BAR HARBOR, Maine — The likely cause of a house fire that claimed the life of a local veterinarian Wednesday is a heat lamp that was being used to keep a box of baby chickens warm inside her house, according to a state official.

Melissa Watership, 46, had just obtained the chicks that morning and had put them in a sawdust-filled box in the bedroom of her downtown Bar Harbor home, where the fire started, Maine Department of Public Safety spokesman Stephen McCausland indicated in a prepared statement released Friday afternoon.

“The fire was started by either the lamp tipping over, or being placed too close to the box,” McCausland indicated in the release. “The fire has been ruled accidental.”

Watership was either distracted or taking a nap when the fire ignited, he said. Her body was found in the kitchen of her home at 9 Center St. by firefighters who took her to Mount Desert Island Hospital, one block away, where she later was declared deceased.

The bedroom had fire damage and there was heavy smoke damage throughout the rest of the one-story house, according to McCausland.

She had worked for four years as a veterinarian at Acadia Veterinary Hospital, also in downtown Bar Harbor, but had not been working there for the past several months.

Watership was married and had two children. Her husband and children were away when the fire occurred. Watership’s dog, Jake, perished in the fire, but her cat Zippy was saved after he was discovered when a firefighter stepped on him in the basement of the smoke-filled house, according to staff at the animal clinic.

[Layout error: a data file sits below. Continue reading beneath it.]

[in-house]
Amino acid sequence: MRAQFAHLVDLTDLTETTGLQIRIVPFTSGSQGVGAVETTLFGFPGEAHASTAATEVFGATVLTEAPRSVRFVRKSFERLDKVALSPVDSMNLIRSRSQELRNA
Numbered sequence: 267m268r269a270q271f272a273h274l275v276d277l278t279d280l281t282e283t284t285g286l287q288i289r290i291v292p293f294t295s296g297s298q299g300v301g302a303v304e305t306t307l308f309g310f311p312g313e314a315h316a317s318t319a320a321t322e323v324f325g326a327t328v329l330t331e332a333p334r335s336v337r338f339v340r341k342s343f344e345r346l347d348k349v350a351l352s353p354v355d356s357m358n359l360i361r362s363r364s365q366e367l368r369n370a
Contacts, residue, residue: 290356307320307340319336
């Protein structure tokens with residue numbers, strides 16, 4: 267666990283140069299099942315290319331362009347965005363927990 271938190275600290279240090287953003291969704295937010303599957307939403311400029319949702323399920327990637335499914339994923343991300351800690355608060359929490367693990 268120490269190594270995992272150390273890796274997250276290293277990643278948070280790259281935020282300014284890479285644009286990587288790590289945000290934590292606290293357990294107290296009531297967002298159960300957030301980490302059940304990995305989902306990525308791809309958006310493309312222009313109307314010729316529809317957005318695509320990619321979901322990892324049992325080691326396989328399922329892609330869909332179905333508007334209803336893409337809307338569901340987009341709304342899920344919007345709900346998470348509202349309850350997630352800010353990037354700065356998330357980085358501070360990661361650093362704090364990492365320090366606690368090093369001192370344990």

Zippy is recovering at the clinic, where Watership’s former colleagues are caring for him.

Many Mount Desert Island residents whose pets had been cared for by Watership expressed their grief and sympathy on Facebook, saying that Watership had offered them ample expertise and emotional support when their animals had become ill or injured.

Mark Belserene, spokesman for the state Office of the Chief Medical Examiner, said Friday in an email that Chief Medical Examiner Mark Flomenbaum completed an autopsy of Watership on Thursday. He said the case is pending further studies before an official cause of death is determined, which could take another 7 to 10 days, depending on when test results come back.

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Bill Trotter

A news reporter in coastal Maine for more than 20 years, Bill Trotter writes about how the Atlantic Ocean and the state's iconic coastline help to shape the lives of coastal Maine residents and visitors....